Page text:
Another way to reduce the size of your final image is to use multi-stage builds. The idea is that you install all the tools required to build your package in one image, you create a binary package, and then you copy just this binary to a new image and run your application there.
Here is a pseudo-docker code for this:
FROM golang:1.14.1-buster # Install build tools and additional dependencies (removed for brevity) # Compile the binary RUN go build -o /bin/project # "scratch" is a completely empty Docker image FROM scratch COPY --from=build /bin/project /bin/project CMD ["/bin/project"]
This will result in a minimal image (containing only the
/bin/project binary package).
You can find more information about the multi-stage builds here: https://docs.docker.com/develop/develop-images/dockerfile_best-practices/#use-multi-stage-builds.
The multi-stage builds make sense for C or go packages. But they don’t really make sense in the Python world. Python doesn’t create self container binaries that you can run without any dependencies. The only use-case that I can think of is when your build process requires compilation of some C or Go packages that you later use as binaries. You don’t need the C/Go compilers and dependencies in the final package, so if your final image is huge, consider the multi-stage build.
By default, Docker will use a root user inside the container. This means that if someone gets access to your application and can execute some arbitrary code, those commands will be executed as root (keep in mind that the attacker can’t get outside of the container, but it’s still dangerous). It’s much safer to create a separate user for your application.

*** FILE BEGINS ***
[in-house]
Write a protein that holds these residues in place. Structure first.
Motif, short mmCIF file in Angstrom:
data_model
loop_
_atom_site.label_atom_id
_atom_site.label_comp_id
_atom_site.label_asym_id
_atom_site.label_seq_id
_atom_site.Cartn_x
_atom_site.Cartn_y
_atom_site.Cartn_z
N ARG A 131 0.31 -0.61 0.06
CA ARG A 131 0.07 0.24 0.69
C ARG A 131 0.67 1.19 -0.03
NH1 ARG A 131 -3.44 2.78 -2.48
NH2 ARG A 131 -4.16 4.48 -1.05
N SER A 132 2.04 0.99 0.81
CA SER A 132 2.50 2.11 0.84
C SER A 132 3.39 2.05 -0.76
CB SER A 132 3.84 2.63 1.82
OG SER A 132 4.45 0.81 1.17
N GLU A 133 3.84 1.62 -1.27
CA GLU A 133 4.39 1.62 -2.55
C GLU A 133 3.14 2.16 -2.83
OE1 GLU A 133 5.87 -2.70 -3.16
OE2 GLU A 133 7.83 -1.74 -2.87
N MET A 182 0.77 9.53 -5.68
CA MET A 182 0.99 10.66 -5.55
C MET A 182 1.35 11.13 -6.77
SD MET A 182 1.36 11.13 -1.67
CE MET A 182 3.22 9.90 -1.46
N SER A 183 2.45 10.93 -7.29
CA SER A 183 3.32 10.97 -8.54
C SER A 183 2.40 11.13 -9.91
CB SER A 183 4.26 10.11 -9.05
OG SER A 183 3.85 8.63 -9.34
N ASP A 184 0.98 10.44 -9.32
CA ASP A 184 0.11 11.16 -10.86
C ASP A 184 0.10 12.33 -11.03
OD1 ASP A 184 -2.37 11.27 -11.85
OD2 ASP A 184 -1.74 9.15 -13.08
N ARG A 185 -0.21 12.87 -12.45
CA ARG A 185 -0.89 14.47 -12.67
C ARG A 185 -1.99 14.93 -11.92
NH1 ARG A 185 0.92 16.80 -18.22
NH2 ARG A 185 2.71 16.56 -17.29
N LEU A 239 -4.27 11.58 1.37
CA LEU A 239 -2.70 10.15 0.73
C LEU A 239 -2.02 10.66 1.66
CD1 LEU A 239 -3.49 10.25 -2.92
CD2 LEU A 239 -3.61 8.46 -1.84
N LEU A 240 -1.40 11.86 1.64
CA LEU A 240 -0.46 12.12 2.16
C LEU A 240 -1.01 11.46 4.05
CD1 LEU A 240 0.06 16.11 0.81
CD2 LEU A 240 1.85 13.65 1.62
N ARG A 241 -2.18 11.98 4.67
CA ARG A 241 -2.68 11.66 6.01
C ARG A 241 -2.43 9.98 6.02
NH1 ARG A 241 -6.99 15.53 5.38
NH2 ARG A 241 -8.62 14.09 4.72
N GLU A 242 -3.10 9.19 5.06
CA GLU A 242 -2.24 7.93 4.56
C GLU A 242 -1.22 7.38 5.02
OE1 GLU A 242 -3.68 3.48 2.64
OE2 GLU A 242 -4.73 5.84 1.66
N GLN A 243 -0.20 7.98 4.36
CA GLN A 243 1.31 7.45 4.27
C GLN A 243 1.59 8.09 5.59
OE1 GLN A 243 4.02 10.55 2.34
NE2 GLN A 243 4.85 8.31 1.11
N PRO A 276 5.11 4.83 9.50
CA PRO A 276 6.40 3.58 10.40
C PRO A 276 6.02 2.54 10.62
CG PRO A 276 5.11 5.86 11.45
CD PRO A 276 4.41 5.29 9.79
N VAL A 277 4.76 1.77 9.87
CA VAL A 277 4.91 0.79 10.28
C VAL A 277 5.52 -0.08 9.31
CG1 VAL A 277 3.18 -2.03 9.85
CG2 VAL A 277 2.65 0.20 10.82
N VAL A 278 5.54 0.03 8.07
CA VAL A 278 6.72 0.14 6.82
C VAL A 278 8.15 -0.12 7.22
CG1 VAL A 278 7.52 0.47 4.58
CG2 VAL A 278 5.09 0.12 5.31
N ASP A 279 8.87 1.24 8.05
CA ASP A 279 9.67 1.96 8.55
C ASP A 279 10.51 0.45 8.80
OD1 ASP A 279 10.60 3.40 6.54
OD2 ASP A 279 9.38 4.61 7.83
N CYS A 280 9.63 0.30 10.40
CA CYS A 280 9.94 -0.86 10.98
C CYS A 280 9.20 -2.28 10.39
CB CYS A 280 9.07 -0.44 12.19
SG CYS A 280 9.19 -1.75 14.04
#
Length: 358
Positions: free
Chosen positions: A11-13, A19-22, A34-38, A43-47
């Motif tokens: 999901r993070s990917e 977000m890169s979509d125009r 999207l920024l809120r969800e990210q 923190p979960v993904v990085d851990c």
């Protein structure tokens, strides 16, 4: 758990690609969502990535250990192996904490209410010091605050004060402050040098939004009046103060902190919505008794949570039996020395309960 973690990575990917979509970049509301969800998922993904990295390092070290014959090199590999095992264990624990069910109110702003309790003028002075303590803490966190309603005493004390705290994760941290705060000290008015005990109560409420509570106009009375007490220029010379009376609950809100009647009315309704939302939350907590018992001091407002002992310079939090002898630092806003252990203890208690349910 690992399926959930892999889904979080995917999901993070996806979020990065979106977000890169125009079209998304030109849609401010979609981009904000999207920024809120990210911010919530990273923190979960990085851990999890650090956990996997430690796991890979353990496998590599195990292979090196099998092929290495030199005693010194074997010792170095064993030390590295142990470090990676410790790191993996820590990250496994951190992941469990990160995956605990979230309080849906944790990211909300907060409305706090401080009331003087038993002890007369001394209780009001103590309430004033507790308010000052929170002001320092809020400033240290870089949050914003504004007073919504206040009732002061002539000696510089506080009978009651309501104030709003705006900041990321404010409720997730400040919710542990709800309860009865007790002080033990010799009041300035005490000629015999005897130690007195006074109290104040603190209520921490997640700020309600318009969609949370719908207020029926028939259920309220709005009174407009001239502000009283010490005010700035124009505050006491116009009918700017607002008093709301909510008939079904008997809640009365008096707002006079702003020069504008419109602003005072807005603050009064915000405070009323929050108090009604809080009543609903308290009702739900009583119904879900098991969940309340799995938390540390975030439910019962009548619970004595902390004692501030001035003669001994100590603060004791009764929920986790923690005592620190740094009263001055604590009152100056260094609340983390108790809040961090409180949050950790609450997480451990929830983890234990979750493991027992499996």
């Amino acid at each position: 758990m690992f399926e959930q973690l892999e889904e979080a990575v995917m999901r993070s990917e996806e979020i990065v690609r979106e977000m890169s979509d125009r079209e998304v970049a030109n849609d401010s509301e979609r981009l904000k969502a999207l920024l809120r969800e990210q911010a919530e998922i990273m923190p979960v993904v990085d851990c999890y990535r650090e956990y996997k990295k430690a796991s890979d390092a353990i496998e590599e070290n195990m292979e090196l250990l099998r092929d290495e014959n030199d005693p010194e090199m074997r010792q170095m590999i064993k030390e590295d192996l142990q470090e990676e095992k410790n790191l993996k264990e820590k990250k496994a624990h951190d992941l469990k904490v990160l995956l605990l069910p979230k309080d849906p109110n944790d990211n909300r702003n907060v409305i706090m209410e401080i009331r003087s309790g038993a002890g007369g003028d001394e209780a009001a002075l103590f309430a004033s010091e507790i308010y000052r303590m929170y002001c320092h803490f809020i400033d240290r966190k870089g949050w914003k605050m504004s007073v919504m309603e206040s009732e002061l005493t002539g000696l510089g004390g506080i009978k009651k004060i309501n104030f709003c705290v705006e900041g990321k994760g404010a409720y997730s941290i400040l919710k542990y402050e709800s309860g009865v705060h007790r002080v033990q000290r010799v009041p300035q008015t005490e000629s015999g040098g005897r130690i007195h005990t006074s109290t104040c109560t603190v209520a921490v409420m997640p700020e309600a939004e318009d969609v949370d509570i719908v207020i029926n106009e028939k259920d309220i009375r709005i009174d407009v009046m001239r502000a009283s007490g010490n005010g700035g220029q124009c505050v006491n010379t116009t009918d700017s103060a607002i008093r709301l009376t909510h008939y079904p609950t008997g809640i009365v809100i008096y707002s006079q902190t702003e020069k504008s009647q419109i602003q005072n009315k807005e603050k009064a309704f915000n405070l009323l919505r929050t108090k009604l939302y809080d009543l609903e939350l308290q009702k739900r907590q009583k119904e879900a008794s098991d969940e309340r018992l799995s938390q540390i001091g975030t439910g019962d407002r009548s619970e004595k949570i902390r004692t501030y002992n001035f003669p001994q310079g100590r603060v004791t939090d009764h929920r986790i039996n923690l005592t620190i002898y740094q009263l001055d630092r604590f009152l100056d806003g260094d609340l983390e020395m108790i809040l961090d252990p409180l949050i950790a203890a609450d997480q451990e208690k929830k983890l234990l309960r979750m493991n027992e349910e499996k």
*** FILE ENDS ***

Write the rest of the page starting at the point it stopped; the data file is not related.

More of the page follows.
Docker makes it easier to create microservices, but nothing stops you from putting SQL server, Redis, and full-text search engine into the same container as your web application. This will make scaling your application much harder in the future. Split each of those applications into a separate container and learn how to use docker-compose to manage them. The good news is - you don’t have to write Docker images for PostgreSQL, Redis, or Elasticsearch. You can use the existing ones and configure them with the
It’s not recommended to use docker-compose on your production (e.g. because it doesn’t support rolling updates). For production, Docker team has created Docker Swarm - it is supposed to be a “lightweight” alternative for Kubernetes. And it really is quite easy to get started with. The only problem is - since Mirantis bought Docker, they promised to support Docker Swarm for some time, but in the long run, they want to focus on kubernetes. It’s hard to say what will happen with Docker Swarm in the future, but it might go away. Keep that in mind if you are planning to start a new project and use Docker Swarm in production.
If you want to learn how to improve your Dockerfiles further, check out Dockerfile best practices guide.